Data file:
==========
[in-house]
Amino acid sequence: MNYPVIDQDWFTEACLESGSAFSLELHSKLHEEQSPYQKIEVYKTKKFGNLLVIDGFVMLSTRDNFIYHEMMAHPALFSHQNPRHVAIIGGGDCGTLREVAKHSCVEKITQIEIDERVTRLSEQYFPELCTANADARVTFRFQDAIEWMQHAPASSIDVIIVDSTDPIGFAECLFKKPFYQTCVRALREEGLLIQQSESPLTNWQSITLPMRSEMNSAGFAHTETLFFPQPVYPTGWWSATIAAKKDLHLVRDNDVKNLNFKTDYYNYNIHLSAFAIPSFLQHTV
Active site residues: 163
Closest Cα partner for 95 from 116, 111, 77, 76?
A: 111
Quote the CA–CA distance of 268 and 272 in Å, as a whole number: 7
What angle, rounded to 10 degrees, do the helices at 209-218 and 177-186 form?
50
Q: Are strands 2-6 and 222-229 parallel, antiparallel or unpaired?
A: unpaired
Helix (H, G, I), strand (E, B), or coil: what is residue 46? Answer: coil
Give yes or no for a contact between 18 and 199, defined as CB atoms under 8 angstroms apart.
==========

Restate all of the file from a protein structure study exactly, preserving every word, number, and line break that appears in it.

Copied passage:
[in-house]
Amino acid sequence: MNYPVIDQDWFTEACLESGSAFSLELHSKLHEEQSPYQKIEVYKTKKFGNLLVIDGFVMLSTRDNFIYHEMMAHPALFSHQNPRHVAIIGGGDCGTLREVAKHSCVEKITQIEIDERVTRLSEQYFPELCTANADARVTFRFQDAIEWMQHAPASSIDVIIVDSTDPIGFAECLFKKPFYQTCVRALREEGLLIQQSESPLTNWQSITLPMRSEMNSAGFAHTETLFFPQPVYPTGWWSATIAAKKDLHLVRDNDVKNLNFKTDYYNYNIHLSAFAIPSFLQHTV
Active site residues: 163
Closest Cα partner for 95 from 116, 111, 77, 76?
A: 111
Quote the CA–CA distance of 268 and 272 in Å, as a whole number: 7
What angle, rounded to 10 degrees, do the helices at 209-218 and 177-186 form?
50
Q: Are strands 2-6 and 222-229 parallel, antiparallel or unpaired?
A: unpaired
Helix (H, G, I), strand (E, B), or coil: what is residue 46? Answer: coil
Give yes or no for a contact between 18 and 199, defined as CB atoms under 8 angstroms apart.